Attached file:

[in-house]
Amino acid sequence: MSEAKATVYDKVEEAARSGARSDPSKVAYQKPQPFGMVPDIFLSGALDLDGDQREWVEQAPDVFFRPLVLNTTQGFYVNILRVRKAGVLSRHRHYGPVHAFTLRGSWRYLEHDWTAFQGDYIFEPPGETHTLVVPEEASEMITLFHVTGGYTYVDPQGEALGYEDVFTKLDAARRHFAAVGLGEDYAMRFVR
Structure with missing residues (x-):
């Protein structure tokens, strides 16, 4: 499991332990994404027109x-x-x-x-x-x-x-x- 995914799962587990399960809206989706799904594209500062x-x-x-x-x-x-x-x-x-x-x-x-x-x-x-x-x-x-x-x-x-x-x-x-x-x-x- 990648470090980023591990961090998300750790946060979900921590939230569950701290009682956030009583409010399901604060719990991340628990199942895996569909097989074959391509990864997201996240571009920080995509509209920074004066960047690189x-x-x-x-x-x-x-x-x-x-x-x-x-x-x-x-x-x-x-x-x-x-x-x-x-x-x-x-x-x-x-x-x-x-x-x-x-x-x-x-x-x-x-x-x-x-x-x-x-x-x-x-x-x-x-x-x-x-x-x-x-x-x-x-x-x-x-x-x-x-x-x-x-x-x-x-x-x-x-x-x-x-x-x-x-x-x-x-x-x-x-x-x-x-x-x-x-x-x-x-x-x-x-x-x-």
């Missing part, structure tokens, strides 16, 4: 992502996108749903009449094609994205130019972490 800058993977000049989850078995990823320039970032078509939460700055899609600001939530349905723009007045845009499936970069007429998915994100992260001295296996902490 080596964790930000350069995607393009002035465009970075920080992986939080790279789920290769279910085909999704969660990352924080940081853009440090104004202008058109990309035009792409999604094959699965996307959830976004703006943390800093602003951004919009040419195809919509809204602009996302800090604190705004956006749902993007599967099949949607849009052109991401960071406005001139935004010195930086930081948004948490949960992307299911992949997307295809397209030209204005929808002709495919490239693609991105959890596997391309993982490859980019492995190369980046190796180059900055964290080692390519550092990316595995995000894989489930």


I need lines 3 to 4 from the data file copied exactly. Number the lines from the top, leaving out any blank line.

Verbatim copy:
Structure with missing residues (x-):
């Protein structure tokens, strides 16, 4: 499991332990994404027109x-x-x-x-x-x-x-x- 995914799962587990399960809206989706799904594209500062x-x-x-x-x-x-x-x-x-x-x-x-x-x-x-x-x-x-x-x-x-x-x-x-x-x-x- 990648470090980023591990961090998300750790946060979900921590939230569950701290009682956030009583409010399901604060719990991340628990199942895996569909097989074959391509990864997201996240571009920080995509509209920074004066960047690189x-x-x-x-x-x-x-x-x-x-x-x-x-x-x-x-x-x-x-x-x-x-x-x-x-x-x-x-x-x-x-x-x-x-x-x-x-x-x-x-x-x-x-x-x-x-x-x-x-x-x-x-x-x-x-x-x-x-x-x-x-x-x-x-x-x-x-x-x-x-x-x-x-x-x-x-x-x-x-x-x-x-x-x-x-x-x-x-x-x-x-x-x-x-x-x-x-x-x-x-x-x-x-x-x-």